Review: Dragon Fire, Angel Light by Shara Godwinson

William is a dragon shifter who, despite having lived for over two thousand years, has never found a true love. When he meets Evyn, a quirky musician/journalist who wants to be a real photographer, he immediately finds him irresistible.

But Evyn’s a little supernatural too, and an evil brotherhood and a band of soul reavers are after him to destroy his pure soul.

Can William protect his love from evil?

Oh my.

I’m always drawn to dragon stories and I loved the blurb for Dragon Fire, Angel Light. The beginning was promising, set in the time of the Battle of Hastings, the language was formal, a little stiff, but it fit the historical setting. Fine, we’re good. As dragons live for centuries, the story moves ahead with the same characters to modern times and from there on out, the story just fell apart. Well, to be honest, it didn’t fall apart, as it never got off the ground.

We’re introduced to William in the beginning and he meets and falls for Evyn, so we are told and therein lies the problem we’re told everything but shown very little. I never did get the connection between William and Evyn even though I was told they were soul mates. There was little to no relationship building on page and this ended up being one of the least romantic romances I’ve read. The stilted language and clinically described sex scenes were off-putting at best. I was convinced at this point that the romance could not be the apex of this story, but was secondary to the paranormal battle that was coming between the Brotherhood and the “Monsters”.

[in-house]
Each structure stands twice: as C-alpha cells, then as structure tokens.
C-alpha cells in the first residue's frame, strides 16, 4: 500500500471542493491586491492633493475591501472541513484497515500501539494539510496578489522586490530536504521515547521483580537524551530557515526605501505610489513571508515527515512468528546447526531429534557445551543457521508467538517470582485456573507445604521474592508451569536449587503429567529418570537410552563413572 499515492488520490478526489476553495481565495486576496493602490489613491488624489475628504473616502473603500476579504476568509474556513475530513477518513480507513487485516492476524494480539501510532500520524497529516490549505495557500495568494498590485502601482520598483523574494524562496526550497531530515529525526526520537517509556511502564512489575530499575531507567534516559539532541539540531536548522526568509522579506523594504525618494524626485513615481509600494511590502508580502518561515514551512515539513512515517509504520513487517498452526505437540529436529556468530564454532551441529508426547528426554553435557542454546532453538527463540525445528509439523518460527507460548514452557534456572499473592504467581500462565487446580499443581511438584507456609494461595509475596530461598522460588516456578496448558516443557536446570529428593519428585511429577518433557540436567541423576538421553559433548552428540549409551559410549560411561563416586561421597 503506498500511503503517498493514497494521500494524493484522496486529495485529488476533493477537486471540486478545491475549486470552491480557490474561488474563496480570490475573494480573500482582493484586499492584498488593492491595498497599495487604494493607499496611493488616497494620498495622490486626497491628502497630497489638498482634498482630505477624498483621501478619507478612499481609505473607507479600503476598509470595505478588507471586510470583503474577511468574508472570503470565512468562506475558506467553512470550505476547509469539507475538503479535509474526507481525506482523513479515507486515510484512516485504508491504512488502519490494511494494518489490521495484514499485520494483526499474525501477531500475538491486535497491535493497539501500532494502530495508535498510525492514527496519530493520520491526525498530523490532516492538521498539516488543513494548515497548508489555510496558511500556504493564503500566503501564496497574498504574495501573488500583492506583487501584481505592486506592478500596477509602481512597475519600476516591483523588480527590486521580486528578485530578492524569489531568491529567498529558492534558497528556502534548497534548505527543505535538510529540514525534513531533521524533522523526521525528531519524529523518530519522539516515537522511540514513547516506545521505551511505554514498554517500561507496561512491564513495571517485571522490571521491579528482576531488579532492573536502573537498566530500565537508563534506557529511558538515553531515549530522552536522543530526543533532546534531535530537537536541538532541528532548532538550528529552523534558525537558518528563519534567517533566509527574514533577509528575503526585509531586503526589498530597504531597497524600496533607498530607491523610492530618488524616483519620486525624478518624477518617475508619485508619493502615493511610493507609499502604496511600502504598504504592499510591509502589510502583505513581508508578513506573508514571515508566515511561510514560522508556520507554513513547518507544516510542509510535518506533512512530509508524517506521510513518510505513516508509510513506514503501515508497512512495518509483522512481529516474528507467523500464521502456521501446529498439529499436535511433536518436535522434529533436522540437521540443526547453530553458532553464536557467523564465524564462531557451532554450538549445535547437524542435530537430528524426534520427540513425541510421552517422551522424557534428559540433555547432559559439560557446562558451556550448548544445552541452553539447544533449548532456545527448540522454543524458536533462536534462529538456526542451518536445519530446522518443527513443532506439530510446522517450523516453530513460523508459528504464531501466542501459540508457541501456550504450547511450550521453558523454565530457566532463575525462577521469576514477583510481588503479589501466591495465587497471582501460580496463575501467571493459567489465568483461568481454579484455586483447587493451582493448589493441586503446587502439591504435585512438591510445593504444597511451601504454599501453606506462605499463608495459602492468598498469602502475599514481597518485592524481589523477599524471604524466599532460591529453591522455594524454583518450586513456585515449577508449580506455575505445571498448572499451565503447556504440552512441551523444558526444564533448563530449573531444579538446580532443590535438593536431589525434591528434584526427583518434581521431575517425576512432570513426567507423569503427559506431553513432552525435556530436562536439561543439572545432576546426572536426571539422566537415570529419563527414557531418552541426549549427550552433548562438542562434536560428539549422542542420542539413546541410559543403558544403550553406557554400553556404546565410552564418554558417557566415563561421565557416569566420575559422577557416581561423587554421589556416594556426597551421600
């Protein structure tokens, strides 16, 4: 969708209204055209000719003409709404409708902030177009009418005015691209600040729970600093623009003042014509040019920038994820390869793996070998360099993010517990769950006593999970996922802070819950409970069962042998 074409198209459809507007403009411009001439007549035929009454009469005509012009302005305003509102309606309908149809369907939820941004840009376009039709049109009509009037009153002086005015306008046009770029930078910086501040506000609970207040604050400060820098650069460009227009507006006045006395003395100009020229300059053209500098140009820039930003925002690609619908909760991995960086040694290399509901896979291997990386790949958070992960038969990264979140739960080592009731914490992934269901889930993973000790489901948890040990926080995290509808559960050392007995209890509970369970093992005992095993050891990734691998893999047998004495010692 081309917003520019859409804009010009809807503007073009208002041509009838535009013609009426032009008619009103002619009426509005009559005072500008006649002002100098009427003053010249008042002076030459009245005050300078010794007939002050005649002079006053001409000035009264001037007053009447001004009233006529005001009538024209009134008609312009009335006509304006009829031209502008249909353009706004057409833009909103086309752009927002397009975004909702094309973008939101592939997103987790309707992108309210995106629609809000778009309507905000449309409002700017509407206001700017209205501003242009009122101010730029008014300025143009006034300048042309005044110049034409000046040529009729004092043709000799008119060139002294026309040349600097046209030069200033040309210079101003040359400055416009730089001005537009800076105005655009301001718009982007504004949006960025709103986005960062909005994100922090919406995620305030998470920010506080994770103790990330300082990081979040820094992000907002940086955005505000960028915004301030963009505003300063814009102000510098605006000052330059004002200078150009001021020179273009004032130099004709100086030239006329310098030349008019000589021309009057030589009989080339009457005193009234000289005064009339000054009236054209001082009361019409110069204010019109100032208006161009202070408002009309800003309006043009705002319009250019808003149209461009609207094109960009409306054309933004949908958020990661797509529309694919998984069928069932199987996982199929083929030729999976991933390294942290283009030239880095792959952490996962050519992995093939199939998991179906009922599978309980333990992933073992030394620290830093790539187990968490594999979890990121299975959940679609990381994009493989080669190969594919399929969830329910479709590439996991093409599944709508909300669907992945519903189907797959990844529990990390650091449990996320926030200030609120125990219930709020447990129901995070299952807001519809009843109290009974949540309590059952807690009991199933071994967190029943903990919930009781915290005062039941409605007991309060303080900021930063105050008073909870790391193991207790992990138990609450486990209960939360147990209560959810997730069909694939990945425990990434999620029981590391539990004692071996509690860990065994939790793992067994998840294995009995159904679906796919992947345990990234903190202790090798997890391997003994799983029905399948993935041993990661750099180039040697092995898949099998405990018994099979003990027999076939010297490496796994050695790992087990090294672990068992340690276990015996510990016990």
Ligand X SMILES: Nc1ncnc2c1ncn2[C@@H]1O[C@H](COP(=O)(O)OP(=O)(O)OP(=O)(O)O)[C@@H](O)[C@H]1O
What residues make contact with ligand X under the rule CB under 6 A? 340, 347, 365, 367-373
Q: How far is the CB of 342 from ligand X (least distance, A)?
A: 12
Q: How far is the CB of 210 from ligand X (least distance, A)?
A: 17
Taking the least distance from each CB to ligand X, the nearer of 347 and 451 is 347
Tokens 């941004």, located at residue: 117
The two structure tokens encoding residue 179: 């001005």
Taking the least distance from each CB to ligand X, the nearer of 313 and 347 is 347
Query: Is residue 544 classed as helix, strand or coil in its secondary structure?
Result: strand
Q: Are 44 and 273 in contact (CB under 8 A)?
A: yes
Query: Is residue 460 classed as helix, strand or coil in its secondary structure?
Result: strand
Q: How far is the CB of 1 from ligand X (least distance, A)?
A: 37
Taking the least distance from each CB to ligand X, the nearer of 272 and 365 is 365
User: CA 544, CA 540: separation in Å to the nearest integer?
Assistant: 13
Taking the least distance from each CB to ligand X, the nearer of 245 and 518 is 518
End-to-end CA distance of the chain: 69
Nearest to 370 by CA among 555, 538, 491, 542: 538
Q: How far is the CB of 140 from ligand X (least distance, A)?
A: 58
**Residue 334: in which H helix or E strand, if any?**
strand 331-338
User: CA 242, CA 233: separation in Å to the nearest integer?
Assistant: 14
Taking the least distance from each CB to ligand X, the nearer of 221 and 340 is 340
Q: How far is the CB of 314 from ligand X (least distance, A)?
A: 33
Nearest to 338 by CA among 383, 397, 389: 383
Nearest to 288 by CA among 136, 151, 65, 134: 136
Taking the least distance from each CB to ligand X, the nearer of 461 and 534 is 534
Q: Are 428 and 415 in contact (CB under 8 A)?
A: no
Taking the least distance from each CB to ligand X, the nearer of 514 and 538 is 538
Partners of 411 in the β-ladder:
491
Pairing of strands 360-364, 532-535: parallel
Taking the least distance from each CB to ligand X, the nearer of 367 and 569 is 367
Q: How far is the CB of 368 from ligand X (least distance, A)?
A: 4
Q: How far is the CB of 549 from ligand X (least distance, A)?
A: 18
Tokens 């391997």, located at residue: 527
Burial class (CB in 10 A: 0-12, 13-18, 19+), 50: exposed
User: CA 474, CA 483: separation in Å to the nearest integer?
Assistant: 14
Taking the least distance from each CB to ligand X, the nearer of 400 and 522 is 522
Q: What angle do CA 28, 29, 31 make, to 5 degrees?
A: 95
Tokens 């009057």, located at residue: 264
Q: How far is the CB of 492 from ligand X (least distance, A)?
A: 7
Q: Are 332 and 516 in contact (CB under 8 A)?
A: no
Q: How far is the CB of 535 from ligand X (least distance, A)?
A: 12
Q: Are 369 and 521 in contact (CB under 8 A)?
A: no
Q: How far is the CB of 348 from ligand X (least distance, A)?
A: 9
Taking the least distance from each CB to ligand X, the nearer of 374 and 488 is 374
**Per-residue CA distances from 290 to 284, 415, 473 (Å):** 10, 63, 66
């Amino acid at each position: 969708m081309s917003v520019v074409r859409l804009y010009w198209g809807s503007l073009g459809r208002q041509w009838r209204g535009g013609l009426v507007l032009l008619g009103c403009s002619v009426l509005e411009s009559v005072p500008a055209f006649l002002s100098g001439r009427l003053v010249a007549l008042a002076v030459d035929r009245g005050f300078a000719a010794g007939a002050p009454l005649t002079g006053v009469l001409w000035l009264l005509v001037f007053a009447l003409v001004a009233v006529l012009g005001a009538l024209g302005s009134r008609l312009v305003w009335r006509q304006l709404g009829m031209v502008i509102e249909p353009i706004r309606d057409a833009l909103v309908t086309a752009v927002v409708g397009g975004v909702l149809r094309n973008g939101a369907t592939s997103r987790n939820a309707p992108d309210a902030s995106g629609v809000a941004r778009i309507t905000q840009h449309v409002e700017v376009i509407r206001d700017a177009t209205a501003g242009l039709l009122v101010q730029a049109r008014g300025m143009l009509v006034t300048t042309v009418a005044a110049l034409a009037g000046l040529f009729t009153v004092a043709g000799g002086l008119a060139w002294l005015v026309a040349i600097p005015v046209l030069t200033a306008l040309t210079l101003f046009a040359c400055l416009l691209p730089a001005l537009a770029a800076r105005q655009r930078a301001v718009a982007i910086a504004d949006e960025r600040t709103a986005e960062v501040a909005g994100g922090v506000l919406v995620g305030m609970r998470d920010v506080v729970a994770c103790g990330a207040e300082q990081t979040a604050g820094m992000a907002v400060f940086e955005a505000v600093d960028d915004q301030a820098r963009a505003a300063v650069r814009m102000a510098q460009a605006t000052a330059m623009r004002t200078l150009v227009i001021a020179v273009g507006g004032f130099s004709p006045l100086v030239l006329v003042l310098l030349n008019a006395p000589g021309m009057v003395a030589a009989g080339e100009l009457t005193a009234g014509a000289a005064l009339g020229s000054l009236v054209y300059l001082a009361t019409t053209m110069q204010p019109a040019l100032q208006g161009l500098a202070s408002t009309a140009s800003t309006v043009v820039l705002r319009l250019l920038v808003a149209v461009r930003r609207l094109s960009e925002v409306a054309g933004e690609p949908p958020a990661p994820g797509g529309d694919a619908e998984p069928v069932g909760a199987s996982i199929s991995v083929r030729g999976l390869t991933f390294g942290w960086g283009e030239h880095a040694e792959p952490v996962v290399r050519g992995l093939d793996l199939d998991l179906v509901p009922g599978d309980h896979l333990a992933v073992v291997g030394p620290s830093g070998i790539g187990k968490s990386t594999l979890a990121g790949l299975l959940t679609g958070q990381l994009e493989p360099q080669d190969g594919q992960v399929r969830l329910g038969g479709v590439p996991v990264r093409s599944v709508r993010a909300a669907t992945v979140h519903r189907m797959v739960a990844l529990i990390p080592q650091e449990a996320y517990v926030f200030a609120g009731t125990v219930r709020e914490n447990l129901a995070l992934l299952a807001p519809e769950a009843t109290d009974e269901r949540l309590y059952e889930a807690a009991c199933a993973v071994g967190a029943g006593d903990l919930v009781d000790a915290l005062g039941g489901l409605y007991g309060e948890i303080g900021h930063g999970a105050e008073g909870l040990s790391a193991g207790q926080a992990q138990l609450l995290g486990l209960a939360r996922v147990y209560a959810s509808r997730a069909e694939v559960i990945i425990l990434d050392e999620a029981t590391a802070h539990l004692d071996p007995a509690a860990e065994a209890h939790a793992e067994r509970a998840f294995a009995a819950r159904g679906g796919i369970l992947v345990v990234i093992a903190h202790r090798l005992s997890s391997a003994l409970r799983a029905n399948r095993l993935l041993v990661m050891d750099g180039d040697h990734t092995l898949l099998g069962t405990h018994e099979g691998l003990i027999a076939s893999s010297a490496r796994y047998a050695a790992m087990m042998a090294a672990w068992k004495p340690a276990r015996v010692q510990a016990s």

At one point William agrees to have Evyn locked up “for his safety”. I guess? And William can’t deal, so he bails for a couple of weeks and Evyn is left, chained up as a virtual prisoner in a cage with no explanation, no answers. Evyn has told William about his past, including similar treatment by his family growing up, so on what planet or alternative universe is this OK for the love of your life? William finally gets his guts together, returns and Evyn forgives him in a matter of moments. I mean, What? How? More importantly, WHY?

There was a lot of references to past hurts and trauma, all of which seemed to be mentioned then dropped with no resolution, including Evyn’s imprisonment. The references seemed to be used and therefore cheapened to make some kind of point but they were not necessarily relevant. The story was trying to have a hurt/comfort plotpoint without the comfort to balance the hurt. William’s relationship with Mark, the dragon he had relations with in one form or another through history was piecemeal and inconsistent. William suffered domestic violence and torture at the hands of Mark and their resolution was brushed off so quickly it added nothing to the story or to William as a character. Why was Mark even still around? It made no sense.

The introduction of secondary characters, with incomplete storylines, would have led me to believe that there are more stories to come, but there is no alluding to it, therefore many secondary’s served no purpose to the plot. So many of them were killed off (with no sadness or mourning by the MC’s, like AT ALL) or left hanging so when I went to the next page and saw “Epilogue”, I was honestly confused. Nothing was really resolved. The bad guys were not defeated, and again, many characters were left with no wrap up, it’s like the author just got tired of the story and decided to end it where it stood.

I was disappointed that the execution of the story didn’t live up to the blurb.

That cover though? Gorgeous!

**a copy of this story was provided for an honest review**

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